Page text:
Racial differences in pain treatment and empathy in a Canadian sample
BACKGROUND: Evidence of inadequate pain treatment as a result of patient race has been extensively documented, yet remains poorly understood. Previous research has indicated that nonwhite patients are significantly more likely to be undertreated for pain. OBJECTIVE: To determine whether previous findings of racial biases in pain treatment recommendations and empathy are generalizable to a sample of Canadian observers and, if so, to determine whether empathy biases mediate the pain treatment disparity. METHODS: Fifty Canadian undergraduate students (24 men and 26 women) watched videos of black and white patients exhibiting facial expressions of pain. Participants provided pain treatment decisions and reported their feelings of empathy for each patient. RESULTS: Participants demonstrated both a prowhite treatment bias and a prowhite empathy bias, reporting more empathy for white patients than black patients and prescribing more pain treatment for white patients than black patients. Empathy was found to mediate the effect of race on pain treatment. CONCLUSIONS: The results of the present study closely replicate those from a previous study of American observers, providing evidence that a prowhite bias is not a peculiar feature of the American population. These results also add support to the claim that empathy plays a crucial role in racial pain treatment disparity. © 2012 Pulsus Group Inc.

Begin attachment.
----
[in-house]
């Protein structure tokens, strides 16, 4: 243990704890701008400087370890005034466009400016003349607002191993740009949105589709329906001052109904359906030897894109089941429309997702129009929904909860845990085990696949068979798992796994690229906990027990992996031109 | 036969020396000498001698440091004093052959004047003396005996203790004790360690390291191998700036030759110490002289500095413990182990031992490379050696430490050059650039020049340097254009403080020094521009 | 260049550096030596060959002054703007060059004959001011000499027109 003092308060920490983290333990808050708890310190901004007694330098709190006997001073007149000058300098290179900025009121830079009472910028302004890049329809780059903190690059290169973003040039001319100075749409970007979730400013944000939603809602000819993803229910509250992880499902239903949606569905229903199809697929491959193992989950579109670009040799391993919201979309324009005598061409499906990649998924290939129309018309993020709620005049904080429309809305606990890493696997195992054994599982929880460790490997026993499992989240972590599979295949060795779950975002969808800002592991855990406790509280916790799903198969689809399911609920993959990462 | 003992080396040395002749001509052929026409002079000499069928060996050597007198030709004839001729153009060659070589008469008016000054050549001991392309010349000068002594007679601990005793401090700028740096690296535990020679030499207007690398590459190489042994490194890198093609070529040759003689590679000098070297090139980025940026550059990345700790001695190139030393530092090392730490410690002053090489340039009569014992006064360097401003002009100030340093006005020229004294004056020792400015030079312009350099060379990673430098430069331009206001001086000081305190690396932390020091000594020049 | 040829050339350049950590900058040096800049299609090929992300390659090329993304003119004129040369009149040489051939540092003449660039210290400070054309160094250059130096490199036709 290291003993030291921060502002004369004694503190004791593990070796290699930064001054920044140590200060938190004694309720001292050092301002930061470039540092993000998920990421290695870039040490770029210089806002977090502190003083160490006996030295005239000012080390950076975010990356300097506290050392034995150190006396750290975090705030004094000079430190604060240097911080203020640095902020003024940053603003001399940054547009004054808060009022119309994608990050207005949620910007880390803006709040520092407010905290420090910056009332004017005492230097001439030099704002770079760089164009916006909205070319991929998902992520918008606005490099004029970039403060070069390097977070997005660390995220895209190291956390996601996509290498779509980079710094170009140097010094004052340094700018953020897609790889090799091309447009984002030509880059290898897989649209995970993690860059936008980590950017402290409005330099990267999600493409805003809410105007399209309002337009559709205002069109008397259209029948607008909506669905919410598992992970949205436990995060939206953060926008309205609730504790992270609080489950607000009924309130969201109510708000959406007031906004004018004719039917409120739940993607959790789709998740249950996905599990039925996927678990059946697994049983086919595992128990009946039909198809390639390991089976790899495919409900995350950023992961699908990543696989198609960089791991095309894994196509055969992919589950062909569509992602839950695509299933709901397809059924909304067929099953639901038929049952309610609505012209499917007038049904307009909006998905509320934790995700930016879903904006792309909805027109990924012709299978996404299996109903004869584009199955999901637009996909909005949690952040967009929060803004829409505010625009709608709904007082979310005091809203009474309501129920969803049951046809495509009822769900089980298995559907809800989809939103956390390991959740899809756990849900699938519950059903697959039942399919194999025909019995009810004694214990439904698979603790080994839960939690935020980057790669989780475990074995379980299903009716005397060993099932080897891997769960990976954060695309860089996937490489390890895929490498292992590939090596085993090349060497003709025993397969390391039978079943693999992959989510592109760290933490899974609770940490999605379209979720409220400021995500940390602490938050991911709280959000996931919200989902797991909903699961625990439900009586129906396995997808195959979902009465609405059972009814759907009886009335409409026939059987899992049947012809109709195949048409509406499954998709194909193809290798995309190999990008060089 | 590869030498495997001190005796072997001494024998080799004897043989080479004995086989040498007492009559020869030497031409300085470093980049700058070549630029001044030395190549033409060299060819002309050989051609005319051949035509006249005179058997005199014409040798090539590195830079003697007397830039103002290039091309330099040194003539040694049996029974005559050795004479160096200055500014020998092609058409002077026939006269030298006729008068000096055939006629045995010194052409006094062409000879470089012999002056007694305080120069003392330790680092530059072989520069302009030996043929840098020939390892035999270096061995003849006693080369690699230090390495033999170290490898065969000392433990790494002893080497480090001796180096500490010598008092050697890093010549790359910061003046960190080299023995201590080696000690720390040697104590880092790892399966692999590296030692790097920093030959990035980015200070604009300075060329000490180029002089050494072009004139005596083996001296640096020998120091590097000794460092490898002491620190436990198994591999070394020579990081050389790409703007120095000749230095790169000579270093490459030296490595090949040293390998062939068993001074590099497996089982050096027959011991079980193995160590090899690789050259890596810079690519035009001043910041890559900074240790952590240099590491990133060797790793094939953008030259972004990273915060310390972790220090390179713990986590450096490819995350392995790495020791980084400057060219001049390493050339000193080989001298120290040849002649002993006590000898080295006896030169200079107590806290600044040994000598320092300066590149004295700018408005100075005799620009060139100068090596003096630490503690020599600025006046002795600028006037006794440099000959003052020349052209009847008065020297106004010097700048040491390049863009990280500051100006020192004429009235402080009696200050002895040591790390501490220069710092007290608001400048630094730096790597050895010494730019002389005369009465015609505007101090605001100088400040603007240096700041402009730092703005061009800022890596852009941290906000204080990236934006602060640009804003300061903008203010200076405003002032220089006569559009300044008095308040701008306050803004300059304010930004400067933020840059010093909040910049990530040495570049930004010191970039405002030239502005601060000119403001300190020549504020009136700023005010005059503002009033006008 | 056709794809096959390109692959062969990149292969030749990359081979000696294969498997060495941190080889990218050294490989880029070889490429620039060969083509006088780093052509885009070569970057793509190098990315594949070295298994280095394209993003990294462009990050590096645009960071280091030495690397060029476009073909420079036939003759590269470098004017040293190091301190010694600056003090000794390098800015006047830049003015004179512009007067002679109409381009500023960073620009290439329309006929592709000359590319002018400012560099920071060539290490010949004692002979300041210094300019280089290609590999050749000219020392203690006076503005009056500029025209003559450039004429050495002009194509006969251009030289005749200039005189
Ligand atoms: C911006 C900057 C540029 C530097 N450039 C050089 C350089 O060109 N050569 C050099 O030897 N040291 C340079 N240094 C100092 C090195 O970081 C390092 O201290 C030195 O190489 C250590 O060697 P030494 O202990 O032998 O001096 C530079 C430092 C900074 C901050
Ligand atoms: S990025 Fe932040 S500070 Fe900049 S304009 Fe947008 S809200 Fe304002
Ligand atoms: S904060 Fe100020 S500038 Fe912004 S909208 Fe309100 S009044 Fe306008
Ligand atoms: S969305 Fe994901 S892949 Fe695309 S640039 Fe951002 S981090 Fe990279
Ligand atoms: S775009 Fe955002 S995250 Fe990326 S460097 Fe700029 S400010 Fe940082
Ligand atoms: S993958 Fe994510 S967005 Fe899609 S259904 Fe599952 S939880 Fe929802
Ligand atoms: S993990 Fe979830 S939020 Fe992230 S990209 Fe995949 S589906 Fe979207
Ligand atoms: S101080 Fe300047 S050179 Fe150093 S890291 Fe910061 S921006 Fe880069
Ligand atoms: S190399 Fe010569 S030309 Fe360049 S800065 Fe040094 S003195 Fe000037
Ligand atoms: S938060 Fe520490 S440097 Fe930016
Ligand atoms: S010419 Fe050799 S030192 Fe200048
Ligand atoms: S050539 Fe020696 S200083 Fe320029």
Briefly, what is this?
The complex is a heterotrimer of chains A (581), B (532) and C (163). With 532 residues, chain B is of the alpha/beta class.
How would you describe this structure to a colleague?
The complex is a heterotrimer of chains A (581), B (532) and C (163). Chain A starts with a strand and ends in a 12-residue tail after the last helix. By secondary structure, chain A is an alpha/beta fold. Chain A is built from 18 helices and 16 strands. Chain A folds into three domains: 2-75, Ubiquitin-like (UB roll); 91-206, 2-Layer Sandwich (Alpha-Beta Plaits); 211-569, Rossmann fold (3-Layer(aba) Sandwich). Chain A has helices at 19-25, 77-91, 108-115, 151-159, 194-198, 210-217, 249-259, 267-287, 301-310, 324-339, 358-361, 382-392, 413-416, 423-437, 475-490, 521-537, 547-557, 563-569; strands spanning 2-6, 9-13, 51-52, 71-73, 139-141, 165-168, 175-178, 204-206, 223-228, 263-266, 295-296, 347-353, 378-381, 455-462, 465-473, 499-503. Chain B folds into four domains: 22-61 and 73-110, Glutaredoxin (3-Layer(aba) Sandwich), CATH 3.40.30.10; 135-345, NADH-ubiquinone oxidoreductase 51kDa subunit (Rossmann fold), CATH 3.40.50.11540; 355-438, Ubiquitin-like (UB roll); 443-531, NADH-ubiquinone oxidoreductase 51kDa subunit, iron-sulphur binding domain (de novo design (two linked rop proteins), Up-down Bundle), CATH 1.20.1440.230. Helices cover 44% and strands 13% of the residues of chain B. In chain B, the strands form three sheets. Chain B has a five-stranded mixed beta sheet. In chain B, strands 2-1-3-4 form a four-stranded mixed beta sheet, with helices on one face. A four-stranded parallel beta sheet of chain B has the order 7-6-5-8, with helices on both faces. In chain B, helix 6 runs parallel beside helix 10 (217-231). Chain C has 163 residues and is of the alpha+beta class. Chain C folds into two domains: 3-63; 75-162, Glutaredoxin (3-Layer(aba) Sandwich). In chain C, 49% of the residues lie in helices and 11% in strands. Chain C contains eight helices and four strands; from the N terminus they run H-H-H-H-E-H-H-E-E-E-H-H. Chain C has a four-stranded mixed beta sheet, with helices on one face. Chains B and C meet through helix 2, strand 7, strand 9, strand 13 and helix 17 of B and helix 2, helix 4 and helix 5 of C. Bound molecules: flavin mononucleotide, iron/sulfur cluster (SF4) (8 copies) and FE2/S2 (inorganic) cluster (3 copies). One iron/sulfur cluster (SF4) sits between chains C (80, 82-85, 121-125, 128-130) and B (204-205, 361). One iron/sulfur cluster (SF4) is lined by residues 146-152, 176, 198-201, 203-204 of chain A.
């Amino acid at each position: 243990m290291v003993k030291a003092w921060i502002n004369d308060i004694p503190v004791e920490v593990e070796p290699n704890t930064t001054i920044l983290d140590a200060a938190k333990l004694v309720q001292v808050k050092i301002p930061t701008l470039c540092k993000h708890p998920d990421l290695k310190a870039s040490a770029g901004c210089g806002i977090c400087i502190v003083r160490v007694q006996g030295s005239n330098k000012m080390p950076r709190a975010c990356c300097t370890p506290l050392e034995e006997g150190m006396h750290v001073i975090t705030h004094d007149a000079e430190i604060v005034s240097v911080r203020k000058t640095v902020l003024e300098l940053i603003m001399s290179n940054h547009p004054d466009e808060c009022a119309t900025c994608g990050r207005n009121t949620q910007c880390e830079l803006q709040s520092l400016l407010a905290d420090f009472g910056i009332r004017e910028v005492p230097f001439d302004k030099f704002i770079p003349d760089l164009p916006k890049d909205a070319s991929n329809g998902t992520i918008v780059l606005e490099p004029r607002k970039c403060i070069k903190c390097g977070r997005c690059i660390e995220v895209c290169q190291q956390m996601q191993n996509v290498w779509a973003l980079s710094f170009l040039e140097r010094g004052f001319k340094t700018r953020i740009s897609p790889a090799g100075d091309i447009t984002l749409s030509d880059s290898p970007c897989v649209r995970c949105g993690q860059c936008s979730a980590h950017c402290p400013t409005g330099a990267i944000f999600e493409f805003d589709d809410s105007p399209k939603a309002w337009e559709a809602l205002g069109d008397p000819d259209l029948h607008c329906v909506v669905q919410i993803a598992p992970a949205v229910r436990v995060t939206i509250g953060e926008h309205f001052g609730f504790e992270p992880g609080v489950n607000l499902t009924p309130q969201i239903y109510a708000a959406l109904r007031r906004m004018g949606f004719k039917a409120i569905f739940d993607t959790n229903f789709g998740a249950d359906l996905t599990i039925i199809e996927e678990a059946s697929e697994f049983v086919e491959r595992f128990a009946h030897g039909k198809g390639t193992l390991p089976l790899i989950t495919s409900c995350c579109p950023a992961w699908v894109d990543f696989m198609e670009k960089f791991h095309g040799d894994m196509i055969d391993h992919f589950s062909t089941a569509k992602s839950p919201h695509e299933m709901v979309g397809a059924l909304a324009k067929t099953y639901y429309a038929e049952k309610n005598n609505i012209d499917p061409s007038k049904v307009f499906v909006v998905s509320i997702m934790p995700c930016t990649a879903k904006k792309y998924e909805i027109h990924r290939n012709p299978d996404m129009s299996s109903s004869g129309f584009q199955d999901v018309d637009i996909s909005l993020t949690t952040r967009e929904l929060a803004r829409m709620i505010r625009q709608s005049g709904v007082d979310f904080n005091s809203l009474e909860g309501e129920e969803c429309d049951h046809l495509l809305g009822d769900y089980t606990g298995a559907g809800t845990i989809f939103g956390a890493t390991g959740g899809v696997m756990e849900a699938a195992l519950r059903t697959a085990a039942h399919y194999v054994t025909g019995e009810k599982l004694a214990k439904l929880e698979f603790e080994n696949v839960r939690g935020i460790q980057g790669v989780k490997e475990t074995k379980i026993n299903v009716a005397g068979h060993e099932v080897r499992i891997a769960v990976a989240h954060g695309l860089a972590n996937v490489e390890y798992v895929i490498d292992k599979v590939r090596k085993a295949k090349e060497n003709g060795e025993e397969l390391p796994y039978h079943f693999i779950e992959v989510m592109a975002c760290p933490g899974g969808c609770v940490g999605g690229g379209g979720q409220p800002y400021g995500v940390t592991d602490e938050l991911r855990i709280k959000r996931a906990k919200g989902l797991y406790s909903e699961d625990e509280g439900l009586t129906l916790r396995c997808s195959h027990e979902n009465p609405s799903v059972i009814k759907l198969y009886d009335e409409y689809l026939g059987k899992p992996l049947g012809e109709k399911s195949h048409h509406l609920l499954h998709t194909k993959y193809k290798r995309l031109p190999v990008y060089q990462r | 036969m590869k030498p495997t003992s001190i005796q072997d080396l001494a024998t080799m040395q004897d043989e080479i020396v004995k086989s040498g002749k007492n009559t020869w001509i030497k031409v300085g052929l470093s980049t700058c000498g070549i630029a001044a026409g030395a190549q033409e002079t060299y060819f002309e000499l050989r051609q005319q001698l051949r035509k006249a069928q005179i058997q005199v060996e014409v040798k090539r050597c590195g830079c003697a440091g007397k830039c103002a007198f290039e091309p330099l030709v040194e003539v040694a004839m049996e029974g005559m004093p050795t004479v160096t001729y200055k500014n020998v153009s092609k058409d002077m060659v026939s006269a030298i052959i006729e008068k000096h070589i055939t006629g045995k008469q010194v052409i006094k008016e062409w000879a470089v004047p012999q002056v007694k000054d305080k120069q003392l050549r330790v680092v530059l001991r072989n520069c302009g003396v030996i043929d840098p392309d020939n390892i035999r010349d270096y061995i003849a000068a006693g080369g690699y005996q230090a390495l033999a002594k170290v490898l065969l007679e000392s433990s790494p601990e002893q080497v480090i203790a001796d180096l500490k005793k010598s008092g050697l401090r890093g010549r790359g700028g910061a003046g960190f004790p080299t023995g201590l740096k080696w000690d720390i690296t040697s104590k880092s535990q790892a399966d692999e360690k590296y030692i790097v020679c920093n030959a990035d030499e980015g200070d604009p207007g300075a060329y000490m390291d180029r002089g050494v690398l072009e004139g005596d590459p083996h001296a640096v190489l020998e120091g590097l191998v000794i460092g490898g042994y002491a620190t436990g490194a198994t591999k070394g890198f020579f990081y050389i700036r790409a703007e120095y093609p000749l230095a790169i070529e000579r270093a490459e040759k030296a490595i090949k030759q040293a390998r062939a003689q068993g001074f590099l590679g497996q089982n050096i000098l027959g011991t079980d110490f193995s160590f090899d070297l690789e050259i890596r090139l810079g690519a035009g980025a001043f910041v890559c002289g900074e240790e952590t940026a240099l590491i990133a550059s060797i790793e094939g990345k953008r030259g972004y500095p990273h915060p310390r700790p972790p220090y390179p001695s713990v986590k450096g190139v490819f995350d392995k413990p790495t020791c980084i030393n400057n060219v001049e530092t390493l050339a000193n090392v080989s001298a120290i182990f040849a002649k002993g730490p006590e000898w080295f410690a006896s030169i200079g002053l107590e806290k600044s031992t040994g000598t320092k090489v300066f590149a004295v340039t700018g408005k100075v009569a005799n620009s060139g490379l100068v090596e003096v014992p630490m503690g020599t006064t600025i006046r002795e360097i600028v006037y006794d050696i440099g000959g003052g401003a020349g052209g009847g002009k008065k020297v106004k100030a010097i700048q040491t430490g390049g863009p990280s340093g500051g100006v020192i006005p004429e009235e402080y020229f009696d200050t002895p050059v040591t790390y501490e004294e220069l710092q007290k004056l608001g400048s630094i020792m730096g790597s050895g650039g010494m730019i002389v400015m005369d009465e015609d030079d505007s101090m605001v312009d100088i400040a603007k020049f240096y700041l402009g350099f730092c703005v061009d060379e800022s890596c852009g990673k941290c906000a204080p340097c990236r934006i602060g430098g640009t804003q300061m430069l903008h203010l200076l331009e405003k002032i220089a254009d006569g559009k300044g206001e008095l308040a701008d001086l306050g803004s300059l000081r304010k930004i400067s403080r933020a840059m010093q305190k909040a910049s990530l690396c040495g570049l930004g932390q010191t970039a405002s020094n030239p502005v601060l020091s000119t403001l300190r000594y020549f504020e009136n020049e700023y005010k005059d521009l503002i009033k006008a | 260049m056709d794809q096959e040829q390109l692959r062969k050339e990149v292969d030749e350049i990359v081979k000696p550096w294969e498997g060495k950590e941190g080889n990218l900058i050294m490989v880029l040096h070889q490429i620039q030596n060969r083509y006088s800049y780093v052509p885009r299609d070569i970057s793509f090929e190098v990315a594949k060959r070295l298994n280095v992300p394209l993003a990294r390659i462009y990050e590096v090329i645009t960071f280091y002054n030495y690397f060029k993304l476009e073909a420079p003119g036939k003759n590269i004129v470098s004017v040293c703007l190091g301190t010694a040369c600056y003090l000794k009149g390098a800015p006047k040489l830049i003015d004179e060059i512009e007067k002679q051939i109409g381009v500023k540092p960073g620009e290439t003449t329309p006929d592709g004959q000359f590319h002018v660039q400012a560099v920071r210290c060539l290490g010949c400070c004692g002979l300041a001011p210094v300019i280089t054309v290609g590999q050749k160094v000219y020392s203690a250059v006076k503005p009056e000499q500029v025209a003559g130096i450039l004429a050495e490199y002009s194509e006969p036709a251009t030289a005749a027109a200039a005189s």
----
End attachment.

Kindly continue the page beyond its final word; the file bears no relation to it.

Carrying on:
Kaseweter, Kimberley A.; Drwecki, Brian B.; and Prkachin, Kenneth M., "Racial differences in pain treatment and empathy in a Canadian sample" (2012). Regis University Faculty Publications (comprehensive list). 787.